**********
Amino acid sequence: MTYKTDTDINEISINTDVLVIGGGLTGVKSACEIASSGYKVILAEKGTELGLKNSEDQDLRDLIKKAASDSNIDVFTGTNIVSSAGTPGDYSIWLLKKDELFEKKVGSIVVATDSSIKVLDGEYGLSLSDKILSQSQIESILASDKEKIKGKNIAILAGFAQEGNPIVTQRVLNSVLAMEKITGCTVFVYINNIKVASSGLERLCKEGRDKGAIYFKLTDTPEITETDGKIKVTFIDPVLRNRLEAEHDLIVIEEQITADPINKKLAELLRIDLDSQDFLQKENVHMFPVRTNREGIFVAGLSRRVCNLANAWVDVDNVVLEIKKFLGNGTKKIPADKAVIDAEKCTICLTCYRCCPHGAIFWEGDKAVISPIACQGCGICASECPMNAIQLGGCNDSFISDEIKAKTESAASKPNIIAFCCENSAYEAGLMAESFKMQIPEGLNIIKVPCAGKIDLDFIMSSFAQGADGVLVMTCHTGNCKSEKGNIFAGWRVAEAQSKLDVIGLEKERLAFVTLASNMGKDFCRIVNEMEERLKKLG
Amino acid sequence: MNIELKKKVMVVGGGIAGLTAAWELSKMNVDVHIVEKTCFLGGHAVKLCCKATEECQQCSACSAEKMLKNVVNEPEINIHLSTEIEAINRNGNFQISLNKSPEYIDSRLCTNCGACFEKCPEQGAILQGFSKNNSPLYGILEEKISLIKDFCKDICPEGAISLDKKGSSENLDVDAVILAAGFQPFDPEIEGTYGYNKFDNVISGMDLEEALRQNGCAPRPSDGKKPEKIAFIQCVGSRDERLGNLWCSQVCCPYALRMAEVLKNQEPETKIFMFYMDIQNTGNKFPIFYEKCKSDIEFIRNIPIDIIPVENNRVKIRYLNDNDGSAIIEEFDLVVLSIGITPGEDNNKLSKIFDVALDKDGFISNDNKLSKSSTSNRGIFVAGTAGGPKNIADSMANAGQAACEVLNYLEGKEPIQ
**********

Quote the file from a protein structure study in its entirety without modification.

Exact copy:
Amino acid sequence: MTYKTDTDINEISINTDVLVIGGGLTGVKSACEIASSGYKVILAEKGTELGLKNSEDQDLRDLIKKAASDSNIDVFTGTNIVSSAGTPGDYSIWLLKKDELFEKKVGSIVVATDSSIKVLDGEYGLSLSDKILSQSQIESILASDKEKIKGKNIAILAGFAQEGNPIVTQRVLNSVLAMEKITGCTVFVYINNIKVASSGLERLCKEGRDKGAIYFKLTDTPEITETDGKIKVTFIDPVLRNRLEAEHDLIVIEEQITADPINKKLAELLRIDLDSQDFLQKENVHMFPVRTNREGIFVAGLSRRVCNLANAWVDVDNVVLEIKKFLGNGTKKIPADKAVIDAEKCTICLTCYRCCPHGAIFWEGDKAVISPIACQGCGICASECPMNAIQLGGCNDSFISDEIKAKTESAASKPNIIAFCCENSAYEAGLMAESFKMQIPEGLNIIKVPCAGKIDLDFIMSSFAQGADGVLVMTCHTGNCKSEKGNIFAGWRVAEAQSKLDVIGLEKERLAFVTLASNMGKDFCRIVNEMEERLKKLG
Amino acid sequence: MNIELKKKVMVVGGGIAGLTAAWELSKMNVDVHIVEKTCFLGGHAVKLCCKATEECQQCSACSAEKMLKNVVNEPEINIHLSTEIEAINRNGNFQISLNKSPEYIDSRLCTNCGACFEKCPEQGAILQGFSKNNSPLYGILEEKISLIKDFCKDICPEGAISLDKKGSSENLDVDAVILAAGFQPFDPEIEGTYGYNKFDNVISGMDLEEALRQNGCAPRPSDGKKPEKIAFIQCVGSRDERLGNLWCSQVCCPYALRMAEVLKNQEPETKIFMFYMDIQNTGNKFPIFYEKCKSDIEFIRNIPIDIIPVENNRVKIRYLNDNDGSAIIEEFDLVVLSIGITPGEDNNKLSKIFDVALDKDGFISNDNKLSKSSTSNRGIFVAGTAGGPKNIADSMANAGQAACEVLNYLEGKEPIQ